Ever had that feeling that everybody you’ve ever known is headed to the same gig? If you were scrolling Twitter on June 1st — the day that Primavera Sound 2022 went on sale — you may well have assumed that it was a UK event, given how many Brits had snapped up a ticket.
Given that the pandemic has deprived us all of both festivals and international travel, it is perhaps no wonder that Primavera Sound in Barcelona only took a week to entirely sell out, but in truth, its enduring success is far more accurately credited to the calibre of the event itself. Having spent 20 years establishing its reputation as one of the most diverse and customer-orientated festivals around, my first taste of the Primavera brand in 2019 changed my own perception of great festival standards forever. A beautifully-landscaped site, gender-balanced line-up and the cleanest toilets I had ever seen at an outdoor event, it opened my eyes to what could be possible, a space for music fans to truly come together in a way that felt both jam-packed and peaceful depending on your personal vibe.
I’m far from the only person to think so. Year on year, overall festival attendance is on the up, with a 2019 survey suggesting that 61% of festival-goers would prioritise festival attendance over a holiday. In 2018, Festicket identified a 29% rise in overseas festival attendance, with Brits increasingly flocking to both Spanish and Croatian events. A classic muddy British knees-up has its own charm, but when a line-up boasts the likes of Lorde, Tame Impala, Dua Lipa, Megan Thee Stallion and far, far more for the same ticket-price as the average UK three-day event, why wouldn’t you want to be somewhere that is warm, sunny and mere minutes from the beach?
Having known the disappointment of having to cancel both their 2020 and 2021 event, Head Of Communications, Marta Pallarès, knew that enthusiasm for Primavera’s return would be high, but even she couldn’t have anticipated just how quickly the event would sell out. She attributes it to the delicate balance of this year’s expansive 12-day offering, delivering on the promises of previous years while constantly striving to stay on the cutting edge.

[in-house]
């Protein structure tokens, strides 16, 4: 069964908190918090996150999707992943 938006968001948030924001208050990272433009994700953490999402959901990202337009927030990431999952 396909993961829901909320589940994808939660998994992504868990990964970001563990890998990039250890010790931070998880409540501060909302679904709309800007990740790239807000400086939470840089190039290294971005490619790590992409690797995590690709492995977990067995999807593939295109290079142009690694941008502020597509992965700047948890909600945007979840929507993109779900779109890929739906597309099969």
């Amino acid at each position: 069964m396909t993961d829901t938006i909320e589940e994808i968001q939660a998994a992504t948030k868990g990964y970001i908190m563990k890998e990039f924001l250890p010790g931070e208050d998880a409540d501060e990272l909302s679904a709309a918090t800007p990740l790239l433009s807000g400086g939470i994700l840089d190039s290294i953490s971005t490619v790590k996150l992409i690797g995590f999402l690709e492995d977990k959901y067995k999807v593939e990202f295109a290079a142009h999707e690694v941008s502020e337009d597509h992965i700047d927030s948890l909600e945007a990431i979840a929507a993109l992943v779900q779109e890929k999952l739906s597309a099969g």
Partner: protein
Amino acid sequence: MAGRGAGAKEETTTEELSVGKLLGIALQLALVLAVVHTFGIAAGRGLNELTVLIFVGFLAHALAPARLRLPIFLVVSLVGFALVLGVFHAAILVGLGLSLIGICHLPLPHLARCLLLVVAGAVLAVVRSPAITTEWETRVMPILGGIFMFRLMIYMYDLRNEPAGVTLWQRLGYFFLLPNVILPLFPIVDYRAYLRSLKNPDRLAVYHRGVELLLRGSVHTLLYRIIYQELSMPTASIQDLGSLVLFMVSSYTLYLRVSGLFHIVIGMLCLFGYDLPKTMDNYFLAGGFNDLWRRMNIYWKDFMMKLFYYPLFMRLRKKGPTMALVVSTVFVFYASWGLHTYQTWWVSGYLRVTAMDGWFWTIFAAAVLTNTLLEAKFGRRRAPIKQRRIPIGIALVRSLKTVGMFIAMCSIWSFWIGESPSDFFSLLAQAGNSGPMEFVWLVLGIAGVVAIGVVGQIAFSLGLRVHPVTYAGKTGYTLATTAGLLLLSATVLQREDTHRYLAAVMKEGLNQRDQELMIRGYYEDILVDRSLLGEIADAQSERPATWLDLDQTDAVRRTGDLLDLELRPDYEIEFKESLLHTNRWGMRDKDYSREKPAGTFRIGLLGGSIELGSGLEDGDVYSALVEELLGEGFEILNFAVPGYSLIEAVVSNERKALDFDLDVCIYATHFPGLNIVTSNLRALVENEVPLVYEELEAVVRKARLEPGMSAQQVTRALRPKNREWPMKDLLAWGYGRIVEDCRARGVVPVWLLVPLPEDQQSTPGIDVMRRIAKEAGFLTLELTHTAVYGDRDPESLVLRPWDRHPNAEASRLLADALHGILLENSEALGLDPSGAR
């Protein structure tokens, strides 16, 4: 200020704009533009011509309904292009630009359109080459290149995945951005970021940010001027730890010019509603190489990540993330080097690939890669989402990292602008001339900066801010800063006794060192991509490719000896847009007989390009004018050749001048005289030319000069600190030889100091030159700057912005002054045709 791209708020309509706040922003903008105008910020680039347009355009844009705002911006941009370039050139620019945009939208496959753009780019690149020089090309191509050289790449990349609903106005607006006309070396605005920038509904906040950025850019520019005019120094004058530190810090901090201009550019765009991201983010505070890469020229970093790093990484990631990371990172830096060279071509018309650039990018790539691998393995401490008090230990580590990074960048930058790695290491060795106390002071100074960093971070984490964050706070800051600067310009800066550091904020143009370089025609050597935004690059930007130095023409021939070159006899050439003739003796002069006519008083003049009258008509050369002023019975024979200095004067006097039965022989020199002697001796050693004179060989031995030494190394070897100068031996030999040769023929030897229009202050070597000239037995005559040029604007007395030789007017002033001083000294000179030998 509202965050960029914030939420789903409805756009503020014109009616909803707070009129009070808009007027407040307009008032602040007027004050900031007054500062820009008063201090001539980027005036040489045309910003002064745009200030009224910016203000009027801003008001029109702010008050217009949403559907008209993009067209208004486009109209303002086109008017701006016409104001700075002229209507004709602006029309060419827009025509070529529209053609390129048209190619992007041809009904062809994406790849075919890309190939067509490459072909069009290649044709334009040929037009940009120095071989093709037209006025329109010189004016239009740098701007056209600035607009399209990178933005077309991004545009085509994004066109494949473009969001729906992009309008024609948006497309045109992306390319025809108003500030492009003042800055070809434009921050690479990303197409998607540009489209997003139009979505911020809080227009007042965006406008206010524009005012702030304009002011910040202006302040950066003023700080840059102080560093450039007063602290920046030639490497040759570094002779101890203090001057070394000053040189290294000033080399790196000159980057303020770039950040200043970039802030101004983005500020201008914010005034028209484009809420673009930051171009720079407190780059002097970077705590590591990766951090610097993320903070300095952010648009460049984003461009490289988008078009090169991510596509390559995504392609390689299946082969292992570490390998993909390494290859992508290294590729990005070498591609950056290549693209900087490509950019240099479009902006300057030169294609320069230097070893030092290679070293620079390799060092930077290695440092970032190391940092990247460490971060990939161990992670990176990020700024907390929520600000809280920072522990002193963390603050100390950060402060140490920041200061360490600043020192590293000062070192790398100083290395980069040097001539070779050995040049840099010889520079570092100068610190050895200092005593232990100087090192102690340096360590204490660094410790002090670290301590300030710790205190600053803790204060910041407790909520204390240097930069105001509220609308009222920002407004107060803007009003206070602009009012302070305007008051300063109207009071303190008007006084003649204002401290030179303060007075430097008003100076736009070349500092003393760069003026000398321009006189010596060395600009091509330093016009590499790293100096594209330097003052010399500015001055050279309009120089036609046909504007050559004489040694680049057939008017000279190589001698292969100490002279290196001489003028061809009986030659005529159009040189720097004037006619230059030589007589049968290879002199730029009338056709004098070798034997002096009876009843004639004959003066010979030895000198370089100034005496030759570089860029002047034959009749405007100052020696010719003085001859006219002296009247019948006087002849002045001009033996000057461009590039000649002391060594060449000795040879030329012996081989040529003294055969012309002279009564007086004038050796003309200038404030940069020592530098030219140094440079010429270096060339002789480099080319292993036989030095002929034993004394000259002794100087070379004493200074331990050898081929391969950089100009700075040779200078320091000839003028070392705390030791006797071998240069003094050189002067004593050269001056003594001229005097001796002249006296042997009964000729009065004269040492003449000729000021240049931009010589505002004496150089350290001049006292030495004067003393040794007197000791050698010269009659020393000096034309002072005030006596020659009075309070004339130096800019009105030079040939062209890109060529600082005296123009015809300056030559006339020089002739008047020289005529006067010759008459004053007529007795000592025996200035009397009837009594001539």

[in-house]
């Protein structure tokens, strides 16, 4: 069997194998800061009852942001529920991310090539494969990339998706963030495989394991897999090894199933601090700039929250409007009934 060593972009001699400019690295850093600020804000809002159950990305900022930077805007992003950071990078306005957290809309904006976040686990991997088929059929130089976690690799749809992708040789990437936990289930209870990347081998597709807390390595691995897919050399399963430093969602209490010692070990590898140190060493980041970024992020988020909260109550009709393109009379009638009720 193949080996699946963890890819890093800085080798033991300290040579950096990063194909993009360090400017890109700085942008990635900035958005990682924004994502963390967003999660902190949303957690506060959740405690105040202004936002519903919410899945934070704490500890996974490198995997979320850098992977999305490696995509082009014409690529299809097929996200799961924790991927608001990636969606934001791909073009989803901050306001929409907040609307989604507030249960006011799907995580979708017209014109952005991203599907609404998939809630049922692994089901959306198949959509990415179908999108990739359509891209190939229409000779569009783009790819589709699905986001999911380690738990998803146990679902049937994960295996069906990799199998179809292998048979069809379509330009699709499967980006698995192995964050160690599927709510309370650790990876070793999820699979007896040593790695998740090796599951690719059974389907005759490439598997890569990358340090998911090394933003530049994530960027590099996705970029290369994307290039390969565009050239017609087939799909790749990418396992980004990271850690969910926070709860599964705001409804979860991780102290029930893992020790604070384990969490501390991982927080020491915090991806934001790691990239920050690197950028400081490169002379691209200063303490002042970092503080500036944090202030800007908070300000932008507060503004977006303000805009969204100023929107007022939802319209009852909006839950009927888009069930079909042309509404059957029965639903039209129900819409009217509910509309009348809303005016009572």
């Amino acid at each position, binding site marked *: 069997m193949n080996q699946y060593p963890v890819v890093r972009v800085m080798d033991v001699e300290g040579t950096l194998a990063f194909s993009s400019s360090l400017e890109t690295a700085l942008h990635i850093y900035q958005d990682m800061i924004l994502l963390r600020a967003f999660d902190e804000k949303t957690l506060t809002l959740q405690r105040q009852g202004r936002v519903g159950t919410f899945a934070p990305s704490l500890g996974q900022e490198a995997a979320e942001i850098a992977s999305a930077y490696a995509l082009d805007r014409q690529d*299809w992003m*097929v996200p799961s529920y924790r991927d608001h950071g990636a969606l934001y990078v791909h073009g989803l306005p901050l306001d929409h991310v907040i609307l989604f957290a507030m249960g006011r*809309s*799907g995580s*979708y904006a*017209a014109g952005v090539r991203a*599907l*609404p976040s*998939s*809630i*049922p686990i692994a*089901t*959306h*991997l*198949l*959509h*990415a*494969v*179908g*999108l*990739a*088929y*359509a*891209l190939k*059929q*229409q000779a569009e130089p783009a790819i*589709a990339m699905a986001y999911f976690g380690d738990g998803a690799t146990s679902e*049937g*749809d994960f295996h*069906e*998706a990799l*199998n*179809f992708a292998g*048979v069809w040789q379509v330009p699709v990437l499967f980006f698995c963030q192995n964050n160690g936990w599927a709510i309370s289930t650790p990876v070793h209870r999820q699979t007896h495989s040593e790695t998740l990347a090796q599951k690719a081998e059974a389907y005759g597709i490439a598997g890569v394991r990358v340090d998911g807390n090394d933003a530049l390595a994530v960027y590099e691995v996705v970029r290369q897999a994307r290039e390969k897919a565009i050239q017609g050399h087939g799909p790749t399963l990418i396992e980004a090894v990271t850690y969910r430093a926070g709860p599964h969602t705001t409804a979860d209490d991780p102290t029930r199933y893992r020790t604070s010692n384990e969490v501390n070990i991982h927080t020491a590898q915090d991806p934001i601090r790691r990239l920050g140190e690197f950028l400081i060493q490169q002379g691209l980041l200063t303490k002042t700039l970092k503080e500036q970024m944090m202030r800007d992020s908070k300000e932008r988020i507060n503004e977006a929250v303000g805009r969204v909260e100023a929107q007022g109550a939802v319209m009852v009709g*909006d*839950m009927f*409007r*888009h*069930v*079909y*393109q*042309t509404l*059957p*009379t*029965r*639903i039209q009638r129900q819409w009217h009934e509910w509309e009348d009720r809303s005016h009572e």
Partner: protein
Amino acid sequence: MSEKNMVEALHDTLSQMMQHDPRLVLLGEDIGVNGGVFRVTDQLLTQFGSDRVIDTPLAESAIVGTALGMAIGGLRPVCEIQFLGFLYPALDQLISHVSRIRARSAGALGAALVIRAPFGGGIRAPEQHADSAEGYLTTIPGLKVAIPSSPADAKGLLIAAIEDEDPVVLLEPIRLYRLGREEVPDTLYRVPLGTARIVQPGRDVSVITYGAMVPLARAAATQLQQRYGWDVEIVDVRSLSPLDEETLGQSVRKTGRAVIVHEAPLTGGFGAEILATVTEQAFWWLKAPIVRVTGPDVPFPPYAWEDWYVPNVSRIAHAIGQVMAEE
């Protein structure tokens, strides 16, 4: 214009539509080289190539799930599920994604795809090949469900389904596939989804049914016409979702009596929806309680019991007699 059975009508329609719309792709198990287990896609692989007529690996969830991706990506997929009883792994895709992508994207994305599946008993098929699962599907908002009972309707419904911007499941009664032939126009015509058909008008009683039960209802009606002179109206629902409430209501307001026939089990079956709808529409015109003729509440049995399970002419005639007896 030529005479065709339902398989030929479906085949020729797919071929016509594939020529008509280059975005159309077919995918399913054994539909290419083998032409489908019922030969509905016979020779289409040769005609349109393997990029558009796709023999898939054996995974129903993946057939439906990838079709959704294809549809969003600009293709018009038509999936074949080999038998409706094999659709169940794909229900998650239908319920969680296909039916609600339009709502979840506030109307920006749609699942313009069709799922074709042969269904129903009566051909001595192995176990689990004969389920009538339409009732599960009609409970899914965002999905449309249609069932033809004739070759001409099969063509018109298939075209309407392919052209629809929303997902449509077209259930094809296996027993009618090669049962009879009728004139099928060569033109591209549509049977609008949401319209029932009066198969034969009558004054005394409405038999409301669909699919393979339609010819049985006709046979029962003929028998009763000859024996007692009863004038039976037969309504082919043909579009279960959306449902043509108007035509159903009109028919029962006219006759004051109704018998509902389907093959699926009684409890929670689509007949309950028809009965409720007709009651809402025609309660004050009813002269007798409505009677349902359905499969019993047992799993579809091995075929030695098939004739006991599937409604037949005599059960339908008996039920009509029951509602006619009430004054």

“When we started planning 2022, we had two focuses; the festival we owed you guys, and then the festival we owed ourselves,” she explains. “Primavera Sound has always been based around acts that we really want to see; classic acts like Bauhaus or Massive Attack that have been with us forever, but also the names that we know will be big. We had announced the 2020 lineup – that didn’t happen, then the lineup for 2021 – that didn’t happen, and it was kind of sad to just forget about those artists that people obviously wanted to see. So somehow, we started thinking about this crazy idea, what if we made it double, twelve days of music in Barcelona? We were incredibly lucky that so many acts agreed, and of course, the artists are missing live music as much as we are. I think everybody wanted to work extra hard to say OK, let’s make this happen.”
A big part of Primavera’s appeal is its commitment to the ‘New Normal’, an initiative they launched in 2019 in order to hold themselves fully accountable to line-up delivery that promoted gender parity and equal billing, with an emphasis on safe spacing. Although Primavera had been setting a standard for diverse genre and gender booking long before that, their industry leadership is a palpable feeling onsite — rarely will you experience a festival that feels quite so inherently welcoming to all types of festivalgoer, with plenty of room between stages at which to take a breather or watch a show without having to delve into the full throng. With more females and non-binary artists on stage, the demographic of attendees has naturally shifted too, creating a vibe of inclusivity that plenty of UK events could learn from.